Rabbi Samuel Chiel, Greater MetroWest Rabinic Cabinet
Rabbi Emeritus of Temple Emanuel, Newton, Mass.
Among the riches of this week's Torah reading, which is packed with an astonishing variety of mitzvot, is this surprising admonition: "You shall not insult the deaf …" (Leviticus 19:14).
Why would anybody want to insult a deaf person? Isn't it obvious that such a person has a handicap? Wouldn't anyone respond to this person with compassion and understanding?
I asked this question recently of an adult class I teach. One student related that her elderly mother, of whom she is the primary caregiver, is hearing impaired. Although she loves her mother very much, she invariably has to raise her voice in order for her mother to hear her. By the end of an hour together, the daughter finds herself angry and irritated, and later she feels guilty for having become surly and impatient. "I certainly would never ‘insult' my mother," she concluded, "but when I leave her, I feel disloyal and disrespectful to her."
Perhaps this is Torah's purpose: to caution us about the complexities of dealing with a person whose hearing is impaired.
Another student told of an incident that took place at a Passover Seder. His father is profoundly deaf, and at first family and friends tried to include him in their animated discussion. After a while, they found shouting to him too tiring and began to speak in normal voices. My student said sadly, "It was as if he wasn't there."
For those of us blessed with good hearing, it is hard to understand the challenges faced by a hearing impaired person every day–on the street, on the phone, watching TV, trying to understand a movie or play. The Gallaudet Encyclopedia of Deaf People and Deafness describes the psychological impact of deafness on a person: the strain of concentrated listening and lip-reading leads to fatigue, which further reduces the person's ability to cope with each day's problems. The hearing impaired person may feel isolated, which often leads to a desire to withdraw even further from socialization.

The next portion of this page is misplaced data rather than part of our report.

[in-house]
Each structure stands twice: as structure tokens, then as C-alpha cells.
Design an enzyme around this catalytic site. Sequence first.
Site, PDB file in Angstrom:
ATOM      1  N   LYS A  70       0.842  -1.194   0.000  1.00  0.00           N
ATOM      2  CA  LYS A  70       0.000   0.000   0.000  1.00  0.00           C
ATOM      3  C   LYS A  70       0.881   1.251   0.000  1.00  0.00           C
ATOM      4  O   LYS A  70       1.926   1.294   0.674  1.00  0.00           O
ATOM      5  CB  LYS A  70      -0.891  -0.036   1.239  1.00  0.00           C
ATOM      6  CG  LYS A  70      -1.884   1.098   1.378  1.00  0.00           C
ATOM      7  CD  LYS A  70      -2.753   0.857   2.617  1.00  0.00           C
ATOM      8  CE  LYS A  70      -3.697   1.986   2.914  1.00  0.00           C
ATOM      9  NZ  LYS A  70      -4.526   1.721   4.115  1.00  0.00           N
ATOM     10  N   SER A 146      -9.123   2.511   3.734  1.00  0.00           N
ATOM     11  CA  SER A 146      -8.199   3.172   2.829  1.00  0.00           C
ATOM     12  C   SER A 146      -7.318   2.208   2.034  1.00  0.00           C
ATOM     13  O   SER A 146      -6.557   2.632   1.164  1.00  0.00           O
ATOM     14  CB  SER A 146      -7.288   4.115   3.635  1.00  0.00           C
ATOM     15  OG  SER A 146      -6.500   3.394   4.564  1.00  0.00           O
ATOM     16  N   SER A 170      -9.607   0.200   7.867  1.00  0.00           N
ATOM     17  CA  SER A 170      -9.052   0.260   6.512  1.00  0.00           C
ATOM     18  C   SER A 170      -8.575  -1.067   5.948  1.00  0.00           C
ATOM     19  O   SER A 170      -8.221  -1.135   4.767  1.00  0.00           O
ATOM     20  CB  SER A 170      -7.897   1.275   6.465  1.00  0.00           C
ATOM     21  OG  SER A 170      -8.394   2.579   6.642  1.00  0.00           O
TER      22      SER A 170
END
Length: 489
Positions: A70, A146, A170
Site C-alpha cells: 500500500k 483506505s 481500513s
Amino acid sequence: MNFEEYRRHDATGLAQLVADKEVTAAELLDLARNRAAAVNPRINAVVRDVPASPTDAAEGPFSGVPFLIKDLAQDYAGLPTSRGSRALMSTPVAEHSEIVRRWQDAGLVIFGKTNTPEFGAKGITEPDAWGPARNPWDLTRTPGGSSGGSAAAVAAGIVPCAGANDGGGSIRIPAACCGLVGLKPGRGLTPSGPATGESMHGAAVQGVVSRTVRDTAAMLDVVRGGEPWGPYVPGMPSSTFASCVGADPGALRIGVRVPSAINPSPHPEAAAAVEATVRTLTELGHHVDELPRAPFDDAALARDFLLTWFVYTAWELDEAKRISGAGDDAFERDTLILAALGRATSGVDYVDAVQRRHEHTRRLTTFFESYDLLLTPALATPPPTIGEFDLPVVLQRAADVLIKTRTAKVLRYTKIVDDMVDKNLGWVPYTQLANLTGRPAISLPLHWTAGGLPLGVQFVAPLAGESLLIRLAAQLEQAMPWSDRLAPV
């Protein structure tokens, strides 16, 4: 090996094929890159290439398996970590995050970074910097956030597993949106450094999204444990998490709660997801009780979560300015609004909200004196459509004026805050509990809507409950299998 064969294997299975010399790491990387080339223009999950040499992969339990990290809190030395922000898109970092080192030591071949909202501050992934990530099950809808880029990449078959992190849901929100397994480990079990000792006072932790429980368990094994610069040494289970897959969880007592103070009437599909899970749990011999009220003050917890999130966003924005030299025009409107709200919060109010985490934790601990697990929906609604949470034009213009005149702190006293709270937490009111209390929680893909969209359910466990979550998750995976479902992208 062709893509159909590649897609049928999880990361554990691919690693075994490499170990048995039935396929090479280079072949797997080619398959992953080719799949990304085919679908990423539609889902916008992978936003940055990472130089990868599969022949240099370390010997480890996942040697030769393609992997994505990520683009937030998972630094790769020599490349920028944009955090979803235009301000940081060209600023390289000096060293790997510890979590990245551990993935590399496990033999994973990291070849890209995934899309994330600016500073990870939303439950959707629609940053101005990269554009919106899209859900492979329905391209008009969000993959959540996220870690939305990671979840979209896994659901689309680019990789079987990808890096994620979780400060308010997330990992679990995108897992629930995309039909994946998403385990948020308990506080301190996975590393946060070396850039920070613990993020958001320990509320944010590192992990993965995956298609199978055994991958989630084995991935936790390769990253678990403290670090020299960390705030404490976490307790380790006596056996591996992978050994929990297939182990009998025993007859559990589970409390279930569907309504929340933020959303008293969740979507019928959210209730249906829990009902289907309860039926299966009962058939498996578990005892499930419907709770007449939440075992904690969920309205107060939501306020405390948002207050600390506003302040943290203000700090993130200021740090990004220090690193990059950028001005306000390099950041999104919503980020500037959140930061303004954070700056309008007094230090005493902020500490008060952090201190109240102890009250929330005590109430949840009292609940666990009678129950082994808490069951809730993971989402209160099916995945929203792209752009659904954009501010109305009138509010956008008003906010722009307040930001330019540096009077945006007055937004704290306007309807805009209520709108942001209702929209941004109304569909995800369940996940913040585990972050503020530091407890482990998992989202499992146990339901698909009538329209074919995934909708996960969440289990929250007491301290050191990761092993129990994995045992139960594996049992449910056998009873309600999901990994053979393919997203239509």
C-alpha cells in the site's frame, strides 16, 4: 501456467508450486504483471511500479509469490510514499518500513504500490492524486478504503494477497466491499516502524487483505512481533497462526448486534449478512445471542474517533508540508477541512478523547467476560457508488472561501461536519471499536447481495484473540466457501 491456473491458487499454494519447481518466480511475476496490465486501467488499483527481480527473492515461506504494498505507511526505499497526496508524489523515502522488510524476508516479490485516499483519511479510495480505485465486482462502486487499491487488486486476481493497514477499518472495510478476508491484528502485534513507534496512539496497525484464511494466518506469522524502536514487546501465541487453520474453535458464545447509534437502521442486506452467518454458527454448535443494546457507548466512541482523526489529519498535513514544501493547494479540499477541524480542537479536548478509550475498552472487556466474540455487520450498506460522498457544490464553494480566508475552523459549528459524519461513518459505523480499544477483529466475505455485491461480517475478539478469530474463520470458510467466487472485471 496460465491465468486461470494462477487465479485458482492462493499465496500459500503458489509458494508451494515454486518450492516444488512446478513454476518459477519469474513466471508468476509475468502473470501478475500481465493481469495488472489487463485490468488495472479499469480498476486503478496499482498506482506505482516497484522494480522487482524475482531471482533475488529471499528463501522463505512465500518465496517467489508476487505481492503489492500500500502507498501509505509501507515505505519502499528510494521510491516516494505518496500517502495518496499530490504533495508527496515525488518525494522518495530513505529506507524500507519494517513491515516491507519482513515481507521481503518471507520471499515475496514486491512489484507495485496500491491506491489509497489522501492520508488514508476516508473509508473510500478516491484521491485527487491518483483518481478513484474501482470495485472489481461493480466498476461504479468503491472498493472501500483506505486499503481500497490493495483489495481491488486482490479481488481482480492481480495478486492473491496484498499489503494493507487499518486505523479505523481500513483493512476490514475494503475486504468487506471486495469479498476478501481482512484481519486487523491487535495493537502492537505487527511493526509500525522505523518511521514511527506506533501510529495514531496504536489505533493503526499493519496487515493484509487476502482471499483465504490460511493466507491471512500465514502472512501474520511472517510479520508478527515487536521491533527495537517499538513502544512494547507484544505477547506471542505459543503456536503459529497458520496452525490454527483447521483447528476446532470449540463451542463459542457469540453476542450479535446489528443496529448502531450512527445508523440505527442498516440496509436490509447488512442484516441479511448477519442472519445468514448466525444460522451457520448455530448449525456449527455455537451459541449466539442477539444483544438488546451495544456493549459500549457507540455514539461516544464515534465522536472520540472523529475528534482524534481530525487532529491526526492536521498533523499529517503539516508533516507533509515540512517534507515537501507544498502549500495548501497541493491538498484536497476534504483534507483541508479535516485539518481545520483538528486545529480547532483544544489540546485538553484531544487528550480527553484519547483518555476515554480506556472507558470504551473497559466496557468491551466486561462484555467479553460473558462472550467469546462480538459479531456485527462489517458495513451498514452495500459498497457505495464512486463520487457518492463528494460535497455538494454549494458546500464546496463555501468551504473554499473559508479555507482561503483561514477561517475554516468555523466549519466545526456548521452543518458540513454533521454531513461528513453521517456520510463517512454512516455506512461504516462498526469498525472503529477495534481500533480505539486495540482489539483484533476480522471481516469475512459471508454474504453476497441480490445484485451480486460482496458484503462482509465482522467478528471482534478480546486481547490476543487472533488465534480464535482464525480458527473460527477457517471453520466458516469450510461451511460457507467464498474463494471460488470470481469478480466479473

Verse 14 ends: "You shall fear your God: I am the Lord." Why does the Torah add that language to this particular mitzvah? To remind us that if we are callous in our dealings with hearing impaired people, our compassionate God feels their hurt and admonishes us to do the same, even if it requires great effort on our part. If we demean the dignity of another person, we are diminishing Tzelem Elokim, the concept that each of us embodies the reflection of God's image. If we don't treat the hearing impaired with caring and empathy, we diminish our own sensitivity.
Next time you deal with a hearing impaired person, recall this great verse and make the effort treat this person with dignity and respect. It may be difficult and at times exasperating, but we are members of a holy people. Our kedushah, holiness, requires us to become aware of the feelings of every person, particularly those who through no fault of their own find life especially difficult.
A series of inspirational messages on the weekly Torah portion by members of the Greater MetroWest Rabbinic Cabinet.